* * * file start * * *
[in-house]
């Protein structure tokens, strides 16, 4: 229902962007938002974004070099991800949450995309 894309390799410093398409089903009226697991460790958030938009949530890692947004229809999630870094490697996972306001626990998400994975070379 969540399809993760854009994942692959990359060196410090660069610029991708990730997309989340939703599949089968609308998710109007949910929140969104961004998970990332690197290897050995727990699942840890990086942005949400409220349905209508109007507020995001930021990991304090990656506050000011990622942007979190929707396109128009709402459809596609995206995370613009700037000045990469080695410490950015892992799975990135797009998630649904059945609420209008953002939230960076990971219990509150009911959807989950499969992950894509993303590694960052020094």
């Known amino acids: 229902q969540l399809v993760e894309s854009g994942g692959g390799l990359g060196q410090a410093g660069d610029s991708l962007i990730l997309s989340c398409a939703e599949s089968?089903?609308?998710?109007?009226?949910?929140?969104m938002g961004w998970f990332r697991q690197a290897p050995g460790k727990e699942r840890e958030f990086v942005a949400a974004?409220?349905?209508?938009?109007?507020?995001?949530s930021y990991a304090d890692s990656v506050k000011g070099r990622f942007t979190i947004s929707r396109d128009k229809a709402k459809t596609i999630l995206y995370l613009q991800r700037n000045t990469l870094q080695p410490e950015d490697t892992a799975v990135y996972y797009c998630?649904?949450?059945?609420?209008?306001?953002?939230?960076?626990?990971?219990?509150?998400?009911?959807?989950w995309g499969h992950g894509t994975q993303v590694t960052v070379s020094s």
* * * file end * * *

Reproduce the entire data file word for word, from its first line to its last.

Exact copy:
[in-house]
């Protein structure tokens, strides 16, 4: 229902962007938002974004070099991800949450995309 894309390799410093398409089903009226697991460790958030938009949530890692947004229809999630870094490697996972306001626990998400994975070379 969540399809993760854009994942692959990359060196410090660069610029991708990730997309989340939703599949089968609308998710109007949910929140969104961004998970990332690197290897050995727990699942840890990086942005949400409220349905209508109007507020995001930021990991304090990656506050000011990622942007979190929707396109128009709402459809596609995206995370613009700037000045990469080695410490950015892992799975990135797009998630649904059945609420209008953002939230960076990971219990509150009911959807989950499969992950894509993303590694960052020094």
């Known amino acids: 229902q969540l399809v993760e894309s854009g994942g692959g390799l990359g060196q410090a410093g660069d610029s991708l962007i990730l997309s989340c398409a939703e599949s089968?089903?609308?998710?109007?009226?949910?929140?969104m938002g961004w998970f990332r697991q690197a290897p050995g460790k727990e699942r840890e958030f990086v942005a949400a974004?409220?349905?209508?938009?109007?507020?995001?949530s930021y990991a304090d890692s990656v506050k000011g070099r990622f942007t979190i947004s929707r396109d128009k229809a709402k459809t596609i999630l995206y995370l613009q991800r700037n000045t990469l870094q080695p410490e950015d490697t892992a799975v990135y996972y797009c998630?649904?949450?059945?609420?209008?306001?953002?939230?960076?626990?990971?219990?509150?998400?009911?959807?989950w995309g499969h992950g894509t994975q993303v590694t960052v070379s020094s």